This article is sponsored by the University of Ottawa Faculty of Engineering.
The launch of Alacrity Ottawa by the University of Ottawa and Wesley Clover could be considered the climax of a story years in the making.
Consider, after all, the players.
For almost 15 years, the University of Ottawa’s Faculty of Engineering has worked with its generous alumni to develop a growing number of competitions, resources and curricula with a common goal – to educate engineering students on what it takes to bring a winning product to market.
It’s not just about helping engineers understand the role they play in the innovation ecosystem, but also equipping them to become entrepreneurs themselves.
The University of Ottawa founded its Kanata North campus in 2018 as the next step, to connect academic research and its brightest young minds with the needs of industry in emerging markets.
Then we have Wesley Clover – a name synonymous the world over with startup chutzpah and innovation that is also based in Kanata North.
Wesley Clover founded Alacrity in 2009 with its first incubator/accelerator in Victoria, B.C. Since then, this initiative has expanded and refined its model with chapters around the world. Alacrity Global educates entrepreneurs, founds new technology startups and secures funding to scale these new businesses.
Despite its growth and success, Alacrity Global did not have an Ottawa chapter.
Through Alacrity Ottawa, uOttawa and Wesley Clover will educate, train and support engineering graduates with mentorship and investment opportunities meant to foster a pipeline of new Canadian tech startups.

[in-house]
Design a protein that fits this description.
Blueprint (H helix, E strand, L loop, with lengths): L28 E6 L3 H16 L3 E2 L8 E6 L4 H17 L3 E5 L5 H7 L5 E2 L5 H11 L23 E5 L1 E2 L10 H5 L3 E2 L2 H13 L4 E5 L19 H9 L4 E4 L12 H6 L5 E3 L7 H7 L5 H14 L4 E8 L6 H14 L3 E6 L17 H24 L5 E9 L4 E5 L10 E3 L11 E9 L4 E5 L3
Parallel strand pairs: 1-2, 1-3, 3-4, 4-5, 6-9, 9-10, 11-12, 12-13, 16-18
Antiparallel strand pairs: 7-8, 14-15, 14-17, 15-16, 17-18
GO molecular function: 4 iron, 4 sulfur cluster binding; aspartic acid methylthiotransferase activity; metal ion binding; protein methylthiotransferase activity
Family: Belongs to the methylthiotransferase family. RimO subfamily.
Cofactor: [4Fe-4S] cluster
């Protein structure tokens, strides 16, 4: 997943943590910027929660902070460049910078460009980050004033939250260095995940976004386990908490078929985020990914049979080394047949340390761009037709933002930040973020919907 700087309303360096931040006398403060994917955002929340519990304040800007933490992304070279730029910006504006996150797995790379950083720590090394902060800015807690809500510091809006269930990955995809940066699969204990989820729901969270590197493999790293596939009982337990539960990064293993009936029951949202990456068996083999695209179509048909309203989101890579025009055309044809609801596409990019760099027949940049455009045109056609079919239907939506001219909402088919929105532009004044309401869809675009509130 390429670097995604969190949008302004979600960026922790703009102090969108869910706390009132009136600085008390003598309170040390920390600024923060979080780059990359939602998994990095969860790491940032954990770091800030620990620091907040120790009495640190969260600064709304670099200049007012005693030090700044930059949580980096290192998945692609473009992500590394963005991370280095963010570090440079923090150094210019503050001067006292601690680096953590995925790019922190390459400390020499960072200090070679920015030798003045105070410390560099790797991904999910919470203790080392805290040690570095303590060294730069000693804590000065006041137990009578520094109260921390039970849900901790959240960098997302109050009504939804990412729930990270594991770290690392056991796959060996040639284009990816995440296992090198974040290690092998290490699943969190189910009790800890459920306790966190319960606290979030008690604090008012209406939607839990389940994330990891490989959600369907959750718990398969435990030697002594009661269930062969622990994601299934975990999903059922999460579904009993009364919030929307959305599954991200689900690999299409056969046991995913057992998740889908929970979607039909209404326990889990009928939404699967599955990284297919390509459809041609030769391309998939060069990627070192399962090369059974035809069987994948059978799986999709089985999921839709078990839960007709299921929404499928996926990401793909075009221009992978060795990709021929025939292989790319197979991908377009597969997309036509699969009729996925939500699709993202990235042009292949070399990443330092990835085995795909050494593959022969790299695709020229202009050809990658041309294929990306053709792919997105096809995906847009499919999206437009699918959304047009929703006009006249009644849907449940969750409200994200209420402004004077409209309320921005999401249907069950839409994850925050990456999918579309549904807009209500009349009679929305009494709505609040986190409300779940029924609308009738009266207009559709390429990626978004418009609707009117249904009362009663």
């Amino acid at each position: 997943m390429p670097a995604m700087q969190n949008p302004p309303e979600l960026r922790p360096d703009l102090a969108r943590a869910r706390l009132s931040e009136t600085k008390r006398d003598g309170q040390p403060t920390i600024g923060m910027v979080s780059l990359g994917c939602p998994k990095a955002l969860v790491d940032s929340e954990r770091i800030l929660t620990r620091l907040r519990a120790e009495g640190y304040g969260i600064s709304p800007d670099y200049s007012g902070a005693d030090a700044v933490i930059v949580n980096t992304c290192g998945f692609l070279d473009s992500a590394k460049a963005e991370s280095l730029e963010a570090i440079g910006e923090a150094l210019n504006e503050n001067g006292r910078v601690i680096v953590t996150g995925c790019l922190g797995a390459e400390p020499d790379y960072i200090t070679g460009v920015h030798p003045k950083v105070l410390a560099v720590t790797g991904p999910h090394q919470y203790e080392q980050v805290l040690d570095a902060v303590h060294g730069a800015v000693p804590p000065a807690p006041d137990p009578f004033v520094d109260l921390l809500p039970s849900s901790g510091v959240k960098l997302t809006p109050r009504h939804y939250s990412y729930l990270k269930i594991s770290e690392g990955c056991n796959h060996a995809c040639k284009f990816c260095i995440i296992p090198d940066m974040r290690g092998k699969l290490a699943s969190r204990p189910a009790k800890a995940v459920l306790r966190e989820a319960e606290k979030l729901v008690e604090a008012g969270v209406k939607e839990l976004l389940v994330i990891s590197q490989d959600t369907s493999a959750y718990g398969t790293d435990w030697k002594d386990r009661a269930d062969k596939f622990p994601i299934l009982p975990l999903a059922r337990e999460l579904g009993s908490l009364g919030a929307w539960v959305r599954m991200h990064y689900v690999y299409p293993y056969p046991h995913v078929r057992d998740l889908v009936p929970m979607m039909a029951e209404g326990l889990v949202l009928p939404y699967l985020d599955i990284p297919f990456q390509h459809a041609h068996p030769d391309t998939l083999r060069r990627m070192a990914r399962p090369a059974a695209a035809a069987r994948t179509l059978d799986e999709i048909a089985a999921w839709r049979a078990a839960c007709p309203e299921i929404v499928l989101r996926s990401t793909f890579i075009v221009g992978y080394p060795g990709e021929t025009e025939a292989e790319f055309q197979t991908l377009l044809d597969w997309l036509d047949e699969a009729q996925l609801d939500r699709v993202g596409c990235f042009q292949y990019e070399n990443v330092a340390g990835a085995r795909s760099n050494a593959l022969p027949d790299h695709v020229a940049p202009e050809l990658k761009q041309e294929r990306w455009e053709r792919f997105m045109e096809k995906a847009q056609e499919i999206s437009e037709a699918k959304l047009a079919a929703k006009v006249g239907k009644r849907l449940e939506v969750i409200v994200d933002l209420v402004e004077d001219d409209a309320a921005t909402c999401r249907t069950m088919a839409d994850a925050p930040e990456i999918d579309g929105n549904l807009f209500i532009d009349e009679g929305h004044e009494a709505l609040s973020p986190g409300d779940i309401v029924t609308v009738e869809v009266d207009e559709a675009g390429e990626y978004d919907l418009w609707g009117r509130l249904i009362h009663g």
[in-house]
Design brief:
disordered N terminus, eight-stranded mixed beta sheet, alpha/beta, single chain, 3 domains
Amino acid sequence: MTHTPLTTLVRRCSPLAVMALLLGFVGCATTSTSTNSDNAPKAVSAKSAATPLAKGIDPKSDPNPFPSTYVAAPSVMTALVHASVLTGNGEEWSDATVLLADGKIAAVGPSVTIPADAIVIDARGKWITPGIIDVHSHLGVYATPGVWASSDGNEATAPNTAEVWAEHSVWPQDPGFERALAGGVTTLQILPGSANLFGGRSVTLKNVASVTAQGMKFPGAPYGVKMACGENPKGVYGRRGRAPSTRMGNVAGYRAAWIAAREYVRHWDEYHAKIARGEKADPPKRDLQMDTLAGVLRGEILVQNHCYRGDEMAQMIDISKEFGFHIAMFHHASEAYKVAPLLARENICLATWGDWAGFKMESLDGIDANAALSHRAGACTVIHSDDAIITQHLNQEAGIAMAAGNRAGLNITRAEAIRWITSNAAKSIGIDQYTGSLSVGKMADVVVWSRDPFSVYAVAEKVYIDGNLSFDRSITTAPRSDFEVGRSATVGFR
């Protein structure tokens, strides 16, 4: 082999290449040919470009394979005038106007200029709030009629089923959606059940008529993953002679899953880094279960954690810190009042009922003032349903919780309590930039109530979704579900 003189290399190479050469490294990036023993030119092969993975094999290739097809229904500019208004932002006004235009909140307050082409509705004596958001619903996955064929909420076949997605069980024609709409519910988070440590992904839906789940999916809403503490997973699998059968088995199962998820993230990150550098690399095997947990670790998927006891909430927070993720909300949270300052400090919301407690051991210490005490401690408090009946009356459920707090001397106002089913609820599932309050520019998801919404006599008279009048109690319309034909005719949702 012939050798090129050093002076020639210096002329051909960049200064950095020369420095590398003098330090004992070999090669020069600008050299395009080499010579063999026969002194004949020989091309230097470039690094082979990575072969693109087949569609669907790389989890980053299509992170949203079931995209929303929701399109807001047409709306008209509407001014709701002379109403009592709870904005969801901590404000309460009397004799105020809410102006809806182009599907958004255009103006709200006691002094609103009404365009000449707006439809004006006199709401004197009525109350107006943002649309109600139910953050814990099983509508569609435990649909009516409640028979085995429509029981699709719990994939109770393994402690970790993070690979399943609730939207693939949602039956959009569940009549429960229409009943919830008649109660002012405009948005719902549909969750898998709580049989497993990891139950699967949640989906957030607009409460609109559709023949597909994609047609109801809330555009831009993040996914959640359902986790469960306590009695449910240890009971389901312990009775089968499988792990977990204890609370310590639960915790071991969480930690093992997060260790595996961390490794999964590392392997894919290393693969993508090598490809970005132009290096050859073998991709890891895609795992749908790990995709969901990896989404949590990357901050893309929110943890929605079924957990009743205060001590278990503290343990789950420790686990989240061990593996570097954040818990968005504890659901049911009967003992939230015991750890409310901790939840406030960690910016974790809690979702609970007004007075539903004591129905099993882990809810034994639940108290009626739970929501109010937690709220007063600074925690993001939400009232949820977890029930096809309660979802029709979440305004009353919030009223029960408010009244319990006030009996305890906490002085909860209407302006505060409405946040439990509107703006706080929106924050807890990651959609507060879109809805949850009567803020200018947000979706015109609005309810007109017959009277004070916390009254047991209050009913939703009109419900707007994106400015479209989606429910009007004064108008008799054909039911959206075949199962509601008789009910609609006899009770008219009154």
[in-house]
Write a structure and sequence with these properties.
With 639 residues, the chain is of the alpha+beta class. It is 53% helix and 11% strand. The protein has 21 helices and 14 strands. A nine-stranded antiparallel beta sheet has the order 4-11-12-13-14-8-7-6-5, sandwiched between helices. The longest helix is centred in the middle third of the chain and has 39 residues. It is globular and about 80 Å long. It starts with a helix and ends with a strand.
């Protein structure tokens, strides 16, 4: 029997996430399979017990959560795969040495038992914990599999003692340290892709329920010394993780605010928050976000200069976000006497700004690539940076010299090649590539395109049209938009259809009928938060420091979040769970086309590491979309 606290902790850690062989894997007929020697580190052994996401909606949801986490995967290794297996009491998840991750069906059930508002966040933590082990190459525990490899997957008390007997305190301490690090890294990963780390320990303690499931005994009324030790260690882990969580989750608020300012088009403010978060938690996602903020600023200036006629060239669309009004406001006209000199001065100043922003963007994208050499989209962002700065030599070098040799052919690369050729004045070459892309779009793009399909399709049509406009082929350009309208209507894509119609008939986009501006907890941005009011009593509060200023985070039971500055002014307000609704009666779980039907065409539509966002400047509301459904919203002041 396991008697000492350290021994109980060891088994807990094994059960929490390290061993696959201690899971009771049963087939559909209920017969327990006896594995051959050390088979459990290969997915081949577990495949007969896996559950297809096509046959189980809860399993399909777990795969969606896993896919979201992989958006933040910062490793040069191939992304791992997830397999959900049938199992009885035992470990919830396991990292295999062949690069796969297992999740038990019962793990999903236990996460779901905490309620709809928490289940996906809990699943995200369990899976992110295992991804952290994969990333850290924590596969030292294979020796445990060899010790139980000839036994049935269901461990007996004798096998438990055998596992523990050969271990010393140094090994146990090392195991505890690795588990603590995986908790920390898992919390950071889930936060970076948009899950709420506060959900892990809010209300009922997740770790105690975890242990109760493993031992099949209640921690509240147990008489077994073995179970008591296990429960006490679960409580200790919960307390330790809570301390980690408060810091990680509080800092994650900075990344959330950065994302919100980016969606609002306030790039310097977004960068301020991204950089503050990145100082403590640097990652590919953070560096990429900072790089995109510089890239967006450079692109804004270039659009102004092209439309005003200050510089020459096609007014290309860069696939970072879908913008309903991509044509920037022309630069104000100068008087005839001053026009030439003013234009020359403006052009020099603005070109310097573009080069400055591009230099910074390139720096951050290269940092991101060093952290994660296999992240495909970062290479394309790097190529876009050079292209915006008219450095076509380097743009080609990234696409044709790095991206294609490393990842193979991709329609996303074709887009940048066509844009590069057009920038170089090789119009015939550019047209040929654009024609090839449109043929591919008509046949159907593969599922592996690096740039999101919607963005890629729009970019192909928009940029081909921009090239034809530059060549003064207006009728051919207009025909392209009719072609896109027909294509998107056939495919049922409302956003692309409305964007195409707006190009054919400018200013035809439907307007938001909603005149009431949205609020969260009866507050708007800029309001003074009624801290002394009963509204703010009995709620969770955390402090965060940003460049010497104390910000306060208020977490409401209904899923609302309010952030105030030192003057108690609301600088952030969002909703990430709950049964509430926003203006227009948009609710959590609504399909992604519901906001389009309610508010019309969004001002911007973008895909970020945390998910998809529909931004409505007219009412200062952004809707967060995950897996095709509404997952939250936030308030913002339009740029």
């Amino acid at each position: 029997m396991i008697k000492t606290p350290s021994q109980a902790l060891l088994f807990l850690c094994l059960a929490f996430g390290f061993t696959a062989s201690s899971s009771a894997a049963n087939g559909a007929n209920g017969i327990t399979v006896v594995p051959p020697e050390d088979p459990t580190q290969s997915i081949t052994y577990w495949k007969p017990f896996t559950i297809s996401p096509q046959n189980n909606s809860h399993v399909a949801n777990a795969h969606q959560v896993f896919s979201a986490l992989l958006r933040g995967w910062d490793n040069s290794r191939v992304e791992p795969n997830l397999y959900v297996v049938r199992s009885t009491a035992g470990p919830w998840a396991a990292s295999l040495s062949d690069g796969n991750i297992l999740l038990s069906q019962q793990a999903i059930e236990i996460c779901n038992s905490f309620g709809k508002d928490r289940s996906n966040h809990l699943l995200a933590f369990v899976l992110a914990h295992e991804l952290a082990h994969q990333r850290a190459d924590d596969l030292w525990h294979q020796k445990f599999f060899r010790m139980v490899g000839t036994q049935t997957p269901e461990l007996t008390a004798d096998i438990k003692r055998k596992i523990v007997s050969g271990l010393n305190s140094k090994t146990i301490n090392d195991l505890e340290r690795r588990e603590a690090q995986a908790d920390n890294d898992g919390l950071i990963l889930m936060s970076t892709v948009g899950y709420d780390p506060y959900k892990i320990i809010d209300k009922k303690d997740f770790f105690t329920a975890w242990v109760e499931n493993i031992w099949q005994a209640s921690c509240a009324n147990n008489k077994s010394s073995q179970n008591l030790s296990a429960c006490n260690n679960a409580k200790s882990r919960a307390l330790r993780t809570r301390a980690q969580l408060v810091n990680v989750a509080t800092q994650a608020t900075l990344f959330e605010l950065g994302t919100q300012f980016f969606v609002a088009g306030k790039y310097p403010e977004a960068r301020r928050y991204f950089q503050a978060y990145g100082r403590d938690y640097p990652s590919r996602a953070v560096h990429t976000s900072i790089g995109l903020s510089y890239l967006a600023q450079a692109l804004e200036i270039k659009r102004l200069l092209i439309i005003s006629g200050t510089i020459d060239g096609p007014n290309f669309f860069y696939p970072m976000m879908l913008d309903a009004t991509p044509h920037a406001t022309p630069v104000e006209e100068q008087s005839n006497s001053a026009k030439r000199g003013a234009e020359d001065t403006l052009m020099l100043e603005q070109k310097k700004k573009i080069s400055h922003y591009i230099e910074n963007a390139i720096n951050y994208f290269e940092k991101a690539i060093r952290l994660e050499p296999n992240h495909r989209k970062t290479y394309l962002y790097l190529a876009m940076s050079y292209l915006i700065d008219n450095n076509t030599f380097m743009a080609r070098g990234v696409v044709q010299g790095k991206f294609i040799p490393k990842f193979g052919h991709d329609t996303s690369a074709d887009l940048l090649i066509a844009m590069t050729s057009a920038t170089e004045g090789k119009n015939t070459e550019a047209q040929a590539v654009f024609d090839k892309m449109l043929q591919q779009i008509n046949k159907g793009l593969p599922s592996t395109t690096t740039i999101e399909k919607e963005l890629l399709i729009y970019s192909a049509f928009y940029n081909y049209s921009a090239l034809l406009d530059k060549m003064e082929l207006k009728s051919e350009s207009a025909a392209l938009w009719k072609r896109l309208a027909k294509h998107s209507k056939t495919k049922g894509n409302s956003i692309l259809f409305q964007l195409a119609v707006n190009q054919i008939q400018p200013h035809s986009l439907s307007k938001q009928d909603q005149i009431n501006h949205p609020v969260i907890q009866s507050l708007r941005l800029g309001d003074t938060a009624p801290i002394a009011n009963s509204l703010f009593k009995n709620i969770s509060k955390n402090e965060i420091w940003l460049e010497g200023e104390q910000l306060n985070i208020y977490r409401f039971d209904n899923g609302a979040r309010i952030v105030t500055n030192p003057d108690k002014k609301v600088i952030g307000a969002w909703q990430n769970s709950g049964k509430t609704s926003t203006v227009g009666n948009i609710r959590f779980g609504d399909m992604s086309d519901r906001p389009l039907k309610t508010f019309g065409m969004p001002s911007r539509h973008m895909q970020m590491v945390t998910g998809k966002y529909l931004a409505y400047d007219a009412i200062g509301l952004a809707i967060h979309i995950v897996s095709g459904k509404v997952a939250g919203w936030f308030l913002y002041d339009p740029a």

“Alacrity Ottawa is for those bright minds who want to learn what it takes to become an entrepreneur, but don’t yet have a strong business idea and are looking for a challenge from industry,” said Veronica Farmer, director of partnerships and commercialization for uOttawa Kanata North. “It’s another path that complements uOttawa’s other entrepreneurial initiatives, such as MakerLaunch and Startup/Scaleup Garages.”
Alacrity Ottawa will be supported by Wesley Clover’s L-SPARK technology accelerator in Kanata North, as well as the uOttawa Faculty of Engineering’s new Master’s degree in Entrepreneurial Engineering Design (MEED).
Every engineer is a potential entrepreneur
MEED is a two-year program that will launch in September 2021 at the university’s downtown campus. It will offer aspiring entrepreneurs academic instruction combined with practical business training and experience in how to develop a business idea and turn it into a company.
As students move through MEED, they will spend time at the uOttawa Kanata North campus and intern with local tech companies. This will put them on the frontline of new technology development in the hottest emerging markets, including 5G+ networking, cybersecurity, artificial intelligence and medtech.
MEED was created by Hanan Anis, uOttawa NSERC chair in entrepreneurial engineering design and faculty coordinator in entrepreneurship and innovation.
“I am always convinced that the best way to learn to be an entrepreneur is by doing,” she said. “We keep adding the building blocks at uOttawa because we believe entrepreneurship is a vital, even necessary, career option for any engineer to have in their back pocket. This is not the same kind of job market as the one that existed for our parents and grandparents.”
Tackling healthcare challenges
Given how the world is wrestling with a health crisis, Alacrity Ottawa’s initial focus will be on challenges and opportunities in the digital medtech space.
Successful applicants will form teams to tackle industry challenges. Those teams with viable and potentially scalable solutions will be presented to appropriate investors. If a match is made, a team will secure funding to form a new company and begin its journey as a startup.
“As technologies of all sorts advance at unprecedented rates, the commitment of the University of Ottawa to play an ever-more relevant role, combined with the experience of the Alacrity technology and business teams, make this a timely initiative that is sure to benefit the city, the Canadian technology landscape and our aspiring young entrepreneurs,” said Wesley Clover chairman Terry Matthews.